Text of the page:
France’s own Excalibur-like legendary sword disappears after 1,300 years wedged in a high rock wall

French police are investigating the disappearance of Durandal, a sword linked to mythology akin to the fabled British King Arthur’s Excalibur, after it mysteriously vanished from the Pyrenean village of Rocamadour, where it had been wedged into a rock high off the ground for about 1,300 years.

The semi-legendary knight Roland wielded Durandal, which was said to be indestructible and the sharpest of all blades. Their adventures together are chronicled in the 11th century epic poem “The Song of Roland,” which now resides in the University of Oxford’s Bodleian Library in England. 

Engraving from Harper’s New Monthly Magazine Volume LXIV December, 1881 to May, 1882 depicts the semi-legendary French knight Count Roland swinging his sword, Durandal, in battle against the Saracens at Roncesvalles. Roland died in the year 778.

Ken Wiedemann/iStock/Getty

The poem, the first known reference to the sword, says an angel gave Durandal to the Holy Roman Emperor Charlemagne, who entrusted it to Roland. 

The Italian epic “Orlando Enraged” says Durandal also belonged at one point to the Trojan prince Hector.

According to the French legend, Durandal ended up in Rocamadour when Roland, failing to destroy his trusted blade, threw it as far as he could to prevent his enemies from getting their hands on it. It is said to have landed in the southern French village and lodged itself in a rock wall about 33 feet off the ground.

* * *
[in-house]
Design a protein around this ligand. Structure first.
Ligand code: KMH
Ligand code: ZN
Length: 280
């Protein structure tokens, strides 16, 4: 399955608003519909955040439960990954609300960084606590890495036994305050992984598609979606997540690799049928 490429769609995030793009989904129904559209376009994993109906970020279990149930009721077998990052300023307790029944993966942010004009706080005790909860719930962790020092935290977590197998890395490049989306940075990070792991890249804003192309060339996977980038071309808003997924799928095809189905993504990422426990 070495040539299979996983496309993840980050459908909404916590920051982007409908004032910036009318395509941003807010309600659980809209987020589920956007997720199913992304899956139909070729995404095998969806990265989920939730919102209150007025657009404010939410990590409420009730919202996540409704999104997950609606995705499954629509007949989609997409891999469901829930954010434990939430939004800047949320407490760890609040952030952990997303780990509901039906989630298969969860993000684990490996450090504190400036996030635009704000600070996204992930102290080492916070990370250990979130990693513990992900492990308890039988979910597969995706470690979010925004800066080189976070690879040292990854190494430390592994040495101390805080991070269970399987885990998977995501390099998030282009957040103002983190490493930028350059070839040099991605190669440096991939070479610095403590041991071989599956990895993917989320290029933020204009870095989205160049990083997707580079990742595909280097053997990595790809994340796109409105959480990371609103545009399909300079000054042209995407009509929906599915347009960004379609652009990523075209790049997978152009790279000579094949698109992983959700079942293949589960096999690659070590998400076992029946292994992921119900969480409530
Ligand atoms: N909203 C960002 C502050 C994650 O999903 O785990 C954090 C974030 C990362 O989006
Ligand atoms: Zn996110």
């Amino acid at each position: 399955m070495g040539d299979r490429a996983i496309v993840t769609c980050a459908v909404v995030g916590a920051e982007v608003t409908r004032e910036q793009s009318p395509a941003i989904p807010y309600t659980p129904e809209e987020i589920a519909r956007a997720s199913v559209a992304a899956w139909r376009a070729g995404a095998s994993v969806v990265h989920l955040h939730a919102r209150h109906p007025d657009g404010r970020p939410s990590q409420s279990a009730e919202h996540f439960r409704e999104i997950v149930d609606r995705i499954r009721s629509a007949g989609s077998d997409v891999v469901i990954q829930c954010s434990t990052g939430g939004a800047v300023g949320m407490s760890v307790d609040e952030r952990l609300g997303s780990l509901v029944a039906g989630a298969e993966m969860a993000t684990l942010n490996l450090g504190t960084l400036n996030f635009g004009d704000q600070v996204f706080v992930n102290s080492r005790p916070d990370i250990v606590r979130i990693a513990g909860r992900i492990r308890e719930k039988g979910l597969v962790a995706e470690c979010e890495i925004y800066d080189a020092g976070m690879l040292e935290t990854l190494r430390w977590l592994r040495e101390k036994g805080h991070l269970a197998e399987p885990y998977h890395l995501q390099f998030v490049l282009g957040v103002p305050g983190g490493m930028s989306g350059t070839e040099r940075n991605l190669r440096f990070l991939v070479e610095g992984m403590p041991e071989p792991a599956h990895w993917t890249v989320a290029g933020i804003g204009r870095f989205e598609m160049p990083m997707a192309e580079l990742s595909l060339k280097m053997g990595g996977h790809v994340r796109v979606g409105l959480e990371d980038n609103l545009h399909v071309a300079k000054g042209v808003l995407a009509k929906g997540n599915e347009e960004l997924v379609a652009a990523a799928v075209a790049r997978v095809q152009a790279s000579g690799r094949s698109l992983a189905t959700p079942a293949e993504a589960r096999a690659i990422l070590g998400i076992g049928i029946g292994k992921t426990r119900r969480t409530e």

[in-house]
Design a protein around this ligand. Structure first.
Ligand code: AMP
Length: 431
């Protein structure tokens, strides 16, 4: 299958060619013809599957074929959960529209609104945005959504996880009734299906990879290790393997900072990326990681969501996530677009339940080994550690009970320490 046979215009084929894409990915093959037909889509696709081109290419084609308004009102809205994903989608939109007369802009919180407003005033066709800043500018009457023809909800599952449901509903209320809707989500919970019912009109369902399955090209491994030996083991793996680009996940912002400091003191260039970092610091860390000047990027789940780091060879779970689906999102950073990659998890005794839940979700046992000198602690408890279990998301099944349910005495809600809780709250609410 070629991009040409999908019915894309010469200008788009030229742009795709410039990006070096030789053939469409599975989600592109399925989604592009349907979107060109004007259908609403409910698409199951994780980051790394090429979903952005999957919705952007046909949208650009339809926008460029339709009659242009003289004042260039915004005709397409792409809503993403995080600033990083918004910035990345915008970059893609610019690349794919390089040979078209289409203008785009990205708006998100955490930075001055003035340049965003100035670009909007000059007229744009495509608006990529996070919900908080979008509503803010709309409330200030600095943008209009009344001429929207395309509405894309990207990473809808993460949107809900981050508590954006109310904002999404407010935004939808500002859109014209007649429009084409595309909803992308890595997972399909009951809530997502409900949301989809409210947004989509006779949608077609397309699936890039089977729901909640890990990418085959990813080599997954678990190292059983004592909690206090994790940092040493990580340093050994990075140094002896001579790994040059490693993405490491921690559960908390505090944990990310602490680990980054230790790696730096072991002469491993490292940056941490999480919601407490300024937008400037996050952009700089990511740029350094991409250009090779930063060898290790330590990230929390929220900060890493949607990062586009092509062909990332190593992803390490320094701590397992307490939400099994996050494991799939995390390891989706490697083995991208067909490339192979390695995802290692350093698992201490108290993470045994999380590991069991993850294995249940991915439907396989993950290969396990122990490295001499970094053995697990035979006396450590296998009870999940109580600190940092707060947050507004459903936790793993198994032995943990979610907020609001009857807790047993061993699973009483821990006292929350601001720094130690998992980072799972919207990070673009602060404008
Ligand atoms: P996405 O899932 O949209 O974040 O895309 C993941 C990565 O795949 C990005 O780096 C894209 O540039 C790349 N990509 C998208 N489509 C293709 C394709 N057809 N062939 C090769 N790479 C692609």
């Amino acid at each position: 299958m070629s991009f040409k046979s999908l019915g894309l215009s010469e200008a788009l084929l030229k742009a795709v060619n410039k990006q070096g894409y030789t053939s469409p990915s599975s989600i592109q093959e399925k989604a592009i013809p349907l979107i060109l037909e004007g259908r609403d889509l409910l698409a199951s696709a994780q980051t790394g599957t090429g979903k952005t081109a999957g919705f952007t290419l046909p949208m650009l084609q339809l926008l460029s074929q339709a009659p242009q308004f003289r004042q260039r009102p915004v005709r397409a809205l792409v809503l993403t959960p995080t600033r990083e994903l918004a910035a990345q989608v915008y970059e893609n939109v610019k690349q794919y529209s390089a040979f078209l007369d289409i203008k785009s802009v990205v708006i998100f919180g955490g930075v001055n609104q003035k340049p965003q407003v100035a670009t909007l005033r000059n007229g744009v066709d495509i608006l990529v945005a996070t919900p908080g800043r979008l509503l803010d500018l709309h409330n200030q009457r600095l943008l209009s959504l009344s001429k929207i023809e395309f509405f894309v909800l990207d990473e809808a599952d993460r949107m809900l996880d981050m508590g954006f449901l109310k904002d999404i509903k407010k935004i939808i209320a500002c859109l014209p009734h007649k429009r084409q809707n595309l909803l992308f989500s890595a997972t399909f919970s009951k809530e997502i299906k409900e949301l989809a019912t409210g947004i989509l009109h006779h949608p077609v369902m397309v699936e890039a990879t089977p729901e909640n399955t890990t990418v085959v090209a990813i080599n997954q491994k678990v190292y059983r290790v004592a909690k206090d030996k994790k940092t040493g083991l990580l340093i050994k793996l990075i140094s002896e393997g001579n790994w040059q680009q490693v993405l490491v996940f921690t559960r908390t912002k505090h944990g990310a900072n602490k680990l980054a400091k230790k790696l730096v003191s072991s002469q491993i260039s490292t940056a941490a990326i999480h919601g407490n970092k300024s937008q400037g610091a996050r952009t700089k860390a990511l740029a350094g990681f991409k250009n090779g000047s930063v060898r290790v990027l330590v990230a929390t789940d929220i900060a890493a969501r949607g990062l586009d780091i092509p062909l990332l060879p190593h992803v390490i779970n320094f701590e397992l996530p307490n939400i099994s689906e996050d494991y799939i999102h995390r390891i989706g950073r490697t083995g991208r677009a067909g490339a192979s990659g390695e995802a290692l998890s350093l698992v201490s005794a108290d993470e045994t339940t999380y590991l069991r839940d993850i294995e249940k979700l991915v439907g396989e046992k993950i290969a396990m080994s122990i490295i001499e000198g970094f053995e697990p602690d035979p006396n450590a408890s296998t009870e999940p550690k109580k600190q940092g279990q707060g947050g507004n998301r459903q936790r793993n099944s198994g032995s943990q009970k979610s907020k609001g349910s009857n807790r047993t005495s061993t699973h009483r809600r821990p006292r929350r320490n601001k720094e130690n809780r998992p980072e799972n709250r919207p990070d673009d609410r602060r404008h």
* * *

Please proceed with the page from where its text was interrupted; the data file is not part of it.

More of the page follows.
That is where it had been ever since, and it was a popular tourist attraction for the town. But 1,300 years later, it’s gone missing, presumed stolen. The town, known also for its goat’s cheese, is bereft.

The Sanctuary of Notre-Dame of Rocamadour is seen overlooking the Pyrenean French town of Rocamadour, in an April 19, 2019 file photo. For more than a millennium, the legendary sword named Durandal, said to have been wielded by the 8th century knight Roland, was lodged into one of the chapel’s stone walls, until it disappeared, presumed to have been stolen, in July 2024.


“We’re going to miss Durandal. It’s been part of Rocamadour for centuries, and there’s not a guide who doesn’t point it out when he visits,” Dominique Lenfant, the town’s mayor, was quoted as saying by La Dépêche, the French newspaper that broke the story. 

“Rocamadour feels it’s been robbed of a part of itself,” Lenfant said. “Even if it’s a legend, the destinies of our village and this sword are entwined.”

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